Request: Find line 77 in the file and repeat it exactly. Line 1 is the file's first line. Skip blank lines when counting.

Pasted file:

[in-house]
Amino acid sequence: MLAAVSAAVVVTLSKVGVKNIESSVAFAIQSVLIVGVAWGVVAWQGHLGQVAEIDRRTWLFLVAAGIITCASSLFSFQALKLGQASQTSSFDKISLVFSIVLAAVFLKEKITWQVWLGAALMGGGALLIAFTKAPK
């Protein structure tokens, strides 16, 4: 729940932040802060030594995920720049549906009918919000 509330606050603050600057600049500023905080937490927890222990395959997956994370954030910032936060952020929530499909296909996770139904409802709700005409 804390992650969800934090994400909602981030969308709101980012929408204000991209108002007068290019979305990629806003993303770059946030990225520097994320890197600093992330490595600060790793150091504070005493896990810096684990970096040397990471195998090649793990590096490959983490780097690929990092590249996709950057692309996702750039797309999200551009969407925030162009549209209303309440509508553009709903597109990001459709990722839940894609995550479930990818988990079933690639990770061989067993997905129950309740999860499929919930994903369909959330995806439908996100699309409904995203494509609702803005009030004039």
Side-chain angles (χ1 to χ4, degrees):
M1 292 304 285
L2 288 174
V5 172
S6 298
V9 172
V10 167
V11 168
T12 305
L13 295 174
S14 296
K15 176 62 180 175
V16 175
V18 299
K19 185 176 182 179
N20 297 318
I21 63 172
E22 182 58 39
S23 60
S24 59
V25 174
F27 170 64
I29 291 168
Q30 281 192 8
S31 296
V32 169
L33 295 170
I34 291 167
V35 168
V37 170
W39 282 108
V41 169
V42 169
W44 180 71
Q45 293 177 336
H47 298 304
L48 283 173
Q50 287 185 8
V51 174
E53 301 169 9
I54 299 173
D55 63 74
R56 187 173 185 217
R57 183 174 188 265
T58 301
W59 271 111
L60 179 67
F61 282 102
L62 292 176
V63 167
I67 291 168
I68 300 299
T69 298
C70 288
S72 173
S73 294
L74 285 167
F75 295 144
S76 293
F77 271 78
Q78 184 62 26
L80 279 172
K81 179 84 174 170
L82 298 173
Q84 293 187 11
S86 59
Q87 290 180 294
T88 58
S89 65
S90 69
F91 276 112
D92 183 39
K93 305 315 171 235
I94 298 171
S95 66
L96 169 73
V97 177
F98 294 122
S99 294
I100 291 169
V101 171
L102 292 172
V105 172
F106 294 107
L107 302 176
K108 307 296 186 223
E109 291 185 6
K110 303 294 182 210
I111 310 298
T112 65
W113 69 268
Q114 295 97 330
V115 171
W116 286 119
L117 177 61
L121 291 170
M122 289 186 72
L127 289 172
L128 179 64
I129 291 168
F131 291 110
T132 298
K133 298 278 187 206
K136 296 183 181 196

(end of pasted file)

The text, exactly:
I94 298 171